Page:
December 10, 2012
What Useful Purpose Does the AALS Serve?
At the Professor Bainbridge blog, we get one answer: none. Stephen Bainbridge writes:
At Prawfs, Dan Rodriguez comments:
What are your good ideas for the AALS as an organization going forward, especially in these remarkably difficult times for legal education? I have the opportunity to play a leadership role in the association for the next little while (being nominated as president-elect at the upcoming annual meeting). My sense is that we can do much better as a group in furthering the myraid objectives of the law professoriate. Moreover, I would like to use my (small) bully pulpit to advance objectives that are critical to our collective future.
I [Professor Bainbridge] have various thoughts to be sure. What are yours?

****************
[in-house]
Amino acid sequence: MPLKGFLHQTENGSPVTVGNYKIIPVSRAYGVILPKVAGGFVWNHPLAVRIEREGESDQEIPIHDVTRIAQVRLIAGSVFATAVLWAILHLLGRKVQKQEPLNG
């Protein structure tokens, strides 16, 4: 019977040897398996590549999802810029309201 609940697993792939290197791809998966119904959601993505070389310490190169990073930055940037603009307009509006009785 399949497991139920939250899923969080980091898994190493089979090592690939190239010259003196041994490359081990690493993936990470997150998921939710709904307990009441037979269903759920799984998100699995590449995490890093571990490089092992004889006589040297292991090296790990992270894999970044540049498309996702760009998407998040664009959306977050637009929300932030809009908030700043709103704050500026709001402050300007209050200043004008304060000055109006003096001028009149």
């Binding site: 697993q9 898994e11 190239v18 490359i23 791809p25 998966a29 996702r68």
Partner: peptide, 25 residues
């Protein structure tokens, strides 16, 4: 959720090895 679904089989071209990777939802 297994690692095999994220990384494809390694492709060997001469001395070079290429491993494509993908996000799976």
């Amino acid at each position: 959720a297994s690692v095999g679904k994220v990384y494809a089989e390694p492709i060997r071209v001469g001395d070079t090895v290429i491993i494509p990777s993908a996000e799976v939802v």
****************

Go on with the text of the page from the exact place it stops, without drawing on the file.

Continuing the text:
The best thing we could do with the AALS is to disband it:
- It helps the ABA maintain the law school monopoly on legal training, which perpetuates the lawyer monopoly on provision of legal services.
- It creates a monoculture in which all law schools are obliged to comply with an ever growing set of rules. Schools with particular reasons for differentiating themselves from the pack, such a religiously affiliated schools, face pressure to conform to the standard left-liberal, secular humanist model that informs AALS policies and politics. As such, the AALS lacks any real room for institutional pluralism.
- Speaking of politics, it serves mainly as a talking forum for left-liberals (most of whom are so well paid that they're in the top 1 or 2 %) to whine about how they're victimized by society.
- It does a really lousy job of serving as a learned society.
I can't think of one useful thing the AALS does except to provide a massive schmooze fest for faculty to network at taxpayer and student expense. And while that's fun, it doesn't justify the organization's existence.
December 10, 2012 | Permalink